The DNAinfo archives brought to you by WNYC.
Read the press release here.

Woman with Asthma, Liver Infections Has Waited Months for NYCHA Mold Repair

By Allegra Hobbs | August 31, 2016 5:58pm
 Yolanda Donato claims she has been living with two moldy holes in her bathroom wall since April 2016.
Yolanda Donato claims she has been living with two moldy holes in her bathroom wall since April 2016.
View Full Caption
DNAinfo/Allegra Hobbs

LOWER EAST SIDE — A woman who suffers from asthma and health problems stemming from multiple liver transplants may finally breathe freely as NYCHA promises to address leaks, mold and two gaping holes in her bathroom wall — more than a year after she first complained about the purportedly hazardous conditions.

Yolanda Donato, a resident of the Jacob Riis Houses for nearly four decades, said she has been battling with NYCHA since early 2015 over plumbing leaks and suspected mold in her bathroom.

But Donato said the problem became significantly worse in April 2016 when a maintenance worker sent to examine the problems smashed in the bathroom wall in two places to reach the pipe below, exposing mold beneath the walls and leaving the bathroom in disrepair — conditions NYCHA has refused to address despite her filing numerous complaints, said Donato.

“I’ve gone to the office six times,” said Donato in Spanish, through a translator. “They say, ‘Don’t worry, we’re going to fix it,’ but they never fix it.”

The leaking pipe is currently plastered over with duct tape.

In June, Donato underwent a second liver transplant — her first was in 2013 — and has had a difficult time recovering from the procedure, likely because of the mold in the bathroom walls, she claims.

“I had to go to the hospital four times…I had an infection,” she said, adding she suspects the post-surgery infections were caused or exacerbated by unsanitary conditions in her bathroom.

“My doctor asked me, ’Is your home ok?’ and I said, ‘Well, no, there’s a hole and there’s mold.’ And he said, ‘That’s not good, you can’t have that.’”

Donato’s doctor then penned a note for her to take to NYCHA explaining his patient’s delicate condition and requesting the agency work quickly to get rid of any mold.

“Following a liver transplant, patients are on a lifelong medication regiment, with ongoing follow-up appointment and their immune system is compromised,” reads the letter, dated Aug. 11, from Mount Sinai Transplant hematologist Thomas Schlano, MD. “They just take very good care of themselves, including eating well and living in a safe and sanitary environment.

"There is a report of mold in Ms. Donato’s bathroom, and we are requesting that this is cleaned and repaired as soon as possible. Please accept this letter as a medical priority.”

But NYCHA only jumped into action Wednesday afternoon — nearly three weeks later — after neighborhood groups hosted a press conference outside the houses calling attention to the problem and DNAinfo New York submitted an inquiry.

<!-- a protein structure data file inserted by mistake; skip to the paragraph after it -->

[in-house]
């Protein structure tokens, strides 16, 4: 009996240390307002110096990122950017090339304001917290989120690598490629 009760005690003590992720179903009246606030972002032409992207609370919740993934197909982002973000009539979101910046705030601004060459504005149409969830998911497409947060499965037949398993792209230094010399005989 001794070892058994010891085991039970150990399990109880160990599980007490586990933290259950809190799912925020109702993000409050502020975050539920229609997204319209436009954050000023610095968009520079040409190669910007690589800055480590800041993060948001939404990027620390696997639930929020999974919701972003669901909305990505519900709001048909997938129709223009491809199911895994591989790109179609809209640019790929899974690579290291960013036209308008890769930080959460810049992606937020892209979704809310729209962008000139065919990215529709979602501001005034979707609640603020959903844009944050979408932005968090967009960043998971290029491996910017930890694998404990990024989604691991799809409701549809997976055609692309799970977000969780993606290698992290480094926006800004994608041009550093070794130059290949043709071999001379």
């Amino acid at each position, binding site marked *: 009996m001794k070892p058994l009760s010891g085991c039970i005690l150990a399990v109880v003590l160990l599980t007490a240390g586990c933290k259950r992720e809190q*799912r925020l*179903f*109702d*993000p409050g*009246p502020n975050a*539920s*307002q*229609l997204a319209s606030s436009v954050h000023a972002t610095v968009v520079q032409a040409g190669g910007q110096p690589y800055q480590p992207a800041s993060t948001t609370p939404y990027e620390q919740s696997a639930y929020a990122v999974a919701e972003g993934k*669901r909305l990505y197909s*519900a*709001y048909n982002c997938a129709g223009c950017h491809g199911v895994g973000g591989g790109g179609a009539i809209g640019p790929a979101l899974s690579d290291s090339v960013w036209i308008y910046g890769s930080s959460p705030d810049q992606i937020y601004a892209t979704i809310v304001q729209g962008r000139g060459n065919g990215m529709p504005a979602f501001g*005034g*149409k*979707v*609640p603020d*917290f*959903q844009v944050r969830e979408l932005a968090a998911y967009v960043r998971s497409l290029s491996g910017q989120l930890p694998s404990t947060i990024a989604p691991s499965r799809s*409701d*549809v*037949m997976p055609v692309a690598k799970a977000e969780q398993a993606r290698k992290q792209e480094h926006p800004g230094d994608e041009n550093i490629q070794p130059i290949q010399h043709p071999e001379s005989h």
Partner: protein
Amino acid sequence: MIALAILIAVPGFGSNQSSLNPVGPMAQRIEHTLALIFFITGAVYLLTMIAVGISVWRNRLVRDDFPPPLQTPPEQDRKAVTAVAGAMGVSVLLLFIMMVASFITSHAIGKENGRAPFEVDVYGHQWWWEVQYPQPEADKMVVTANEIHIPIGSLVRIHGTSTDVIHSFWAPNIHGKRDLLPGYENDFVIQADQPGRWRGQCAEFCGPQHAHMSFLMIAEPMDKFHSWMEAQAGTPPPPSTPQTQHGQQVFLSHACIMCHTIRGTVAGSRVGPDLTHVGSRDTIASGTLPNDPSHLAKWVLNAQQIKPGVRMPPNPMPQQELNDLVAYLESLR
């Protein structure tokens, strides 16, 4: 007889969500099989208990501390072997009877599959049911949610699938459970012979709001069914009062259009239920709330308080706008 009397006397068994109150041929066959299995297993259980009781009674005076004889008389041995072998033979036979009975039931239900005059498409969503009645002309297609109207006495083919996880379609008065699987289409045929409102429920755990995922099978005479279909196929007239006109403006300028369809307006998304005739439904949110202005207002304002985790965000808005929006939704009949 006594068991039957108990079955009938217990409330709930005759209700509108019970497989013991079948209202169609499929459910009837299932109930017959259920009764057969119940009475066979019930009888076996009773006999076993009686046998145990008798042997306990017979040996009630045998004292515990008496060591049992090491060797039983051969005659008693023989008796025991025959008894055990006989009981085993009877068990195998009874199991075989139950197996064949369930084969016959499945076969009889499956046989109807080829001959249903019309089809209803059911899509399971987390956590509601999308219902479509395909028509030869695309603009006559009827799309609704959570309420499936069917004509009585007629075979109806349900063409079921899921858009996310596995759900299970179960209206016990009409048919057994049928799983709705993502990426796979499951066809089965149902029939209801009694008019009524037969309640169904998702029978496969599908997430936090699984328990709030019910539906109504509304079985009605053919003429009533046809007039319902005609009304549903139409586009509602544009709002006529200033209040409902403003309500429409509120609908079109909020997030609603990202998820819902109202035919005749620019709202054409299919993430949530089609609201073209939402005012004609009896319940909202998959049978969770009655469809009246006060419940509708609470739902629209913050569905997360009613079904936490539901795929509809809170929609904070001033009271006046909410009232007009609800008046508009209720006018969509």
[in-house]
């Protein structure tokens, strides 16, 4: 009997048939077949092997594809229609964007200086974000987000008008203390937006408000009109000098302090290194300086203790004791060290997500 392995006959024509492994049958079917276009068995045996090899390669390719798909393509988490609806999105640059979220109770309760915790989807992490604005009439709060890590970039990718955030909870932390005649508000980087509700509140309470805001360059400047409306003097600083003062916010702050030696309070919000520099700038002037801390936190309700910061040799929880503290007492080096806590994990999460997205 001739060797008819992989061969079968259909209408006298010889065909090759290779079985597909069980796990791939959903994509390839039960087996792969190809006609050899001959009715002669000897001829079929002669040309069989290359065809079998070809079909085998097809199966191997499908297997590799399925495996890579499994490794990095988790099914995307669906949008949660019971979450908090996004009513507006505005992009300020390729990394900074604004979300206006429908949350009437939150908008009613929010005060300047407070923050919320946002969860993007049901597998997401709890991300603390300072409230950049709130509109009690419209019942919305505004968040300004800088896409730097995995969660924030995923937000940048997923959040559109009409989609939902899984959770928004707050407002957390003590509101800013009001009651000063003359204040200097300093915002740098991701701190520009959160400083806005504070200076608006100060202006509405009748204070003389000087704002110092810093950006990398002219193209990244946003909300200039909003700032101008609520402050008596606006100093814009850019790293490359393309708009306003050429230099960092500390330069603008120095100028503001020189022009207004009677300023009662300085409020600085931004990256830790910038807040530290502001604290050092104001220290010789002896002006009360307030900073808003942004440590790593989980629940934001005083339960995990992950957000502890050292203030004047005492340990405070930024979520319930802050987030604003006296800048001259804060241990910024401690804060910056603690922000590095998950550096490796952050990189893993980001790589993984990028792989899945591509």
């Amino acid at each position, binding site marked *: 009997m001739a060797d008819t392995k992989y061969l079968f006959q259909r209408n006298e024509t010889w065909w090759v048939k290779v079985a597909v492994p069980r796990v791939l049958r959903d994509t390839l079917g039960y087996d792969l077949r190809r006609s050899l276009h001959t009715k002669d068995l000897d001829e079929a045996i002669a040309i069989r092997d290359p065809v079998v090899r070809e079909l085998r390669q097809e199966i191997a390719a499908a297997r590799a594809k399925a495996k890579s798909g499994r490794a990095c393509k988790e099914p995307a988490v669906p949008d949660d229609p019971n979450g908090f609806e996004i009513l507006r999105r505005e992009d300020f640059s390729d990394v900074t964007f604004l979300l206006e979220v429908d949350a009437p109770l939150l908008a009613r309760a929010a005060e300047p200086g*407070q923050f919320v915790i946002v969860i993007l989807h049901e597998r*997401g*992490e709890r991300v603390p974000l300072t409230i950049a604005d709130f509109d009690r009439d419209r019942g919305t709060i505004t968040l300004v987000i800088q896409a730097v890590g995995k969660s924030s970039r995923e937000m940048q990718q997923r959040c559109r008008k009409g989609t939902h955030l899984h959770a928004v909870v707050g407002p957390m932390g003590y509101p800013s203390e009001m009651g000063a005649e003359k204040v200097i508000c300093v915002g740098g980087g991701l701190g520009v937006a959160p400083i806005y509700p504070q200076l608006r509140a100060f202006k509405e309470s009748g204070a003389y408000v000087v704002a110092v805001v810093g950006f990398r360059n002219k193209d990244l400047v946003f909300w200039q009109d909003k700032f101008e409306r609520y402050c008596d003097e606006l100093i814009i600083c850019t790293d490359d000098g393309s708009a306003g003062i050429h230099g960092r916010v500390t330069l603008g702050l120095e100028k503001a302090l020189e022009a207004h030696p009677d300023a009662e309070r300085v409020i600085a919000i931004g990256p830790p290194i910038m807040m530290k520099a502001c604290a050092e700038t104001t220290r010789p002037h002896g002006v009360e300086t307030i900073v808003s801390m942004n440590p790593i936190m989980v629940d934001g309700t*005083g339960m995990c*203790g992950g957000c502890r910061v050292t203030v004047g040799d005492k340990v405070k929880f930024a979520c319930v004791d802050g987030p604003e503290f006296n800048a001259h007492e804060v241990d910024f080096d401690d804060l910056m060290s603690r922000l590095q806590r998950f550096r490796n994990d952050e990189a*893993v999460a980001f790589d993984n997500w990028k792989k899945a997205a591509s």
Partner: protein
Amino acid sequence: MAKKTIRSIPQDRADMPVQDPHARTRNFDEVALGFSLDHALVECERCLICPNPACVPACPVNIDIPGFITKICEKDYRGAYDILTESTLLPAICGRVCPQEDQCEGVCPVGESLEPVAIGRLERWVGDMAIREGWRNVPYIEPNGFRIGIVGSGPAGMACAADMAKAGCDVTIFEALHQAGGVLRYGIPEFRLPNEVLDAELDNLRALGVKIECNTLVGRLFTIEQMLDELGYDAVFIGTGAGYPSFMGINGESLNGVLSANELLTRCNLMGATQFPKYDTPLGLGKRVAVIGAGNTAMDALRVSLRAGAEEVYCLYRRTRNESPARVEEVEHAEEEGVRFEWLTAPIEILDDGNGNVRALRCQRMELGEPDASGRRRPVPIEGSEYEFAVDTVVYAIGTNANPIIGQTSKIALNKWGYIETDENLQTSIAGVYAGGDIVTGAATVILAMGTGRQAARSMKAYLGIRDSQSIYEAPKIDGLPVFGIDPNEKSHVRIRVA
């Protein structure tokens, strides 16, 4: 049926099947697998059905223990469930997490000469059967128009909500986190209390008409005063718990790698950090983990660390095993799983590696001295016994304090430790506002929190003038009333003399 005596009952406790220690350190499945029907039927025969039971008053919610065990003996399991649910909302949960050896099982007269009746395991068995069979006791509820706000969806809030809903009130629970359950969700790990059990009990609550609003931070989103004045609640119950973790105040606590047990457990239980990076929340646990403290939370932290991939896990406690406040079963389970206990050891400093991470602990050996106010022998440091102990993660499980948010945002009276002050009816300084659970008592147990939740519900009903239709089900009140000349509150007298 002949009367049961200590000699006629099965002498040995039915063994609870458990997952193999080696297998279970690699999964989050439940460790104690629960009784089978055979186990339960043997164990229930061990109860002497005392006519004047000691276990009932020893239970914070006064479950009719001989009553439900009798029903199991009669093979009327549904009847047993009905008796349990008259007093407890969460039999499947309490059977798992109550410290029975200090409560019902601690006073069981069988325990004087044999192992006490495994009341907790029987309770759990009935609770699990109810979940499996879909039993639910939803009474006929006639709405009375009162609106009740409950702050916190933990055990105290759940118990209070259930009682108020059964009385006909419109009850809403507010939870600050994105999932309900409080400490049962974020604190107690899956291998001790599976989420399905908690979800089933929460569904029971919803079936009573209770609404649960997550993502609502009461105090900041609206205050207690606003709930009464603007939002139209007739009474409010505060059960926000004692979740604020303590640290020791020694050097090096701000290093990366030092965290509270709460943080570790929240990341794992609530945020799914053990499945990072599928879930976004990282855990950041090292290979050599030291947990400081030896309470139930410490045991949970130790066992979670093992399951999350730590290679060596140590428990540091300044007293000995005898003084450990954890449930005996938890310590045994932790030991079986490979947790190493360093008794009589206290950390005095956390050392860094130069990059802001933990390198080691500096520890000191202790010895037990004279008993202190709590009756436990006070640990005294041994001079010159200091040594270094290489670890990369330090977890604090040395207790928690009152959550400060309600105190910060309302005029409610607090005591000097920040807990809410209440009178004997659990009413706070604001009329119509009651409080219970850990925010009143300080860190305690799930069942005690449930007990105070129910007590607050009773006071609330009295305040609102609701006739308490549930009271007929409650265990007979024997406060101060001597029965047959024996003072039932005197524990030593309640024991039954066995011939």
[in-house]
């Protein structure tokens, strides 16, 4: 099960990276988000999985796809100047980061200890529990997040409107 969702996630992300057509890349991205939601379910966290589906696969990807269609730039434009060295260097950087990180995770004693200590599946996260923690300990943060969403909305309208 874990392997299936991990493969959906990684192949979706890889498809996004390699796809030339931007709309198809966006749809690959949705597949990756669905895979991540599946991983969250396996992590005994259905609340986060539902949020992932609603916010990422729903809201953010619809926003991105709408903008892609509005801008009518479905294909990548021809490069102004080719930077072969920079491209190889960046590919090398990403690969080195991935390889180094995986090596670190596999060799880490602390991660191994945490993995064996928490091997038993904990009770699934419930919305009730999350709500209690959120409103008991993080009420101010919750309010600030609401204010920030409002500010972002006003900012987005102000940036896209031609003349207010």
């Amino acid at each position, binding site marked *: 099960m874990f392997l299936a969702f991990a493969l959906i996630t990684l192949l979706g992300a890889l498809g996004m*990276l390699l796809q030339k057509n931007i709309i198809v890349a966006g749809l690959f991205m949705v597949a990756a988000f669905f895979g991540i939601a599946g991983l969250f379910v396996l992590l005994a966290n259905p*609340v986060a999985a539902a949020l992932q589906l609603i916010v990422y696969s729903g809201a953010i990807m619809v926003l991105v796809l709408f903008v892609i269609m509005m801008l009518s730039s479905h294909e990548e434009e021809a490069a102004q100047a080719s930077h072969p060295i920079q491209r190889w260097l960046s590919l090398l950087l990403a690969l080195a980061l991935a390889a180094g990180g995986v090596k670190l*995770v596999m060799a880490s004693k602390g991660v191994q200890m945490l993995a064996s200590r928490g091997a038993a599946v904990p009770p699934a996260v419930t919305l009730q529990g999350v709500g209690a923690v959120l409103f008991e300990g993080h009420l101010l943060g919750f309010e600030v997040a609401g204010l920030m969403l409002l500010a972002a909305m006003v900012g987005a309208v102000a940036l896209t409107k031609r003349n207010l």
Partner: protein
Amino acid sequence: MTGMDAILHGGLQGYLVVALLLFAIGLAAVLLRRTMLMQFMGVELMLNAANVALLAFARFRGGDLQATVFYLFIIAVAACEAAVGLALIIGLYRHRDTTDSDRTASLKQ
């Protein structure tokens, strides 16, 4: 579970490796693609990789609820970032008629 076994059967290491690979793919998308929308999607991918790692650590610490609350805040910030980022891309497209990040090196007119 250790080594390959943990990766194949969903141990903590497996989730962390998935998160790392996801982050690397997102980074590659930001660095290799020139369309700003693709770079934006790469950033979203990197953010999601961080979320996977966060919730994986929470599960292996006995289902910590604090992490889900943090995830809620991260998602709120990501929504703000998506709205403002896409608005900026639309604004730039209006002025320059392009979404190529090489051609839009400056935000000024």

“NYCHA staff are on site now addressing the situation. They will inspect the apartment for mold and abate where necessary. The leak coming from inside the bathroom wall will be repaired tonight, followed by plastering tomorrow to cover the hole,” said NYCHA spokeswoman Zodet Negron. “We apologize for the impact this has had on the resident and are working to prevent this from happening again.”

Meanwhile, a NYCHA rep maintained staff are unaware of any mold in Donato’s bathroom, but would look into it while repairing the wall. 

The lapse in repair work has persisted despite a 2013 court order stating NYCHA must carry out “simple repairs” related to mold and excessive moisture within seven days and conduct “more complex repairs” within 15 days.

A federal judge in 2015 then appointed a “special master” to ensure NYCHA was complying with the court order after finding the agency had failed to fix mold problems in a timely manner, and criticized NYCHA officials for “indifference” in addressing the problem.

Now, community groups such as the National Mobilization Against Sweatshops (NMASS) — of which Donato herself is a member — and Luchadoras de Loisaida are calling on NYCHA and Mayor de Blasio to make good on the years-old settlement. 

“For us, this is the beginning of an effort to bring in people to enforce the court order,” said Michael Lalan of NMASS, adding his group has received dozens of calls from NYCHA tenants reporting similar problems. “We believe that mold is a serious problem.”

NYCHA residents will take their cause to City Hall on Sept. 2 at 11 a.m., when they will rally to demand officials act quickly to address hazardous conditions in NYCHA buildings.

A mayoral spokesman did not comment on the matter, instead directing DNAinfo New York to NYCHA representatives.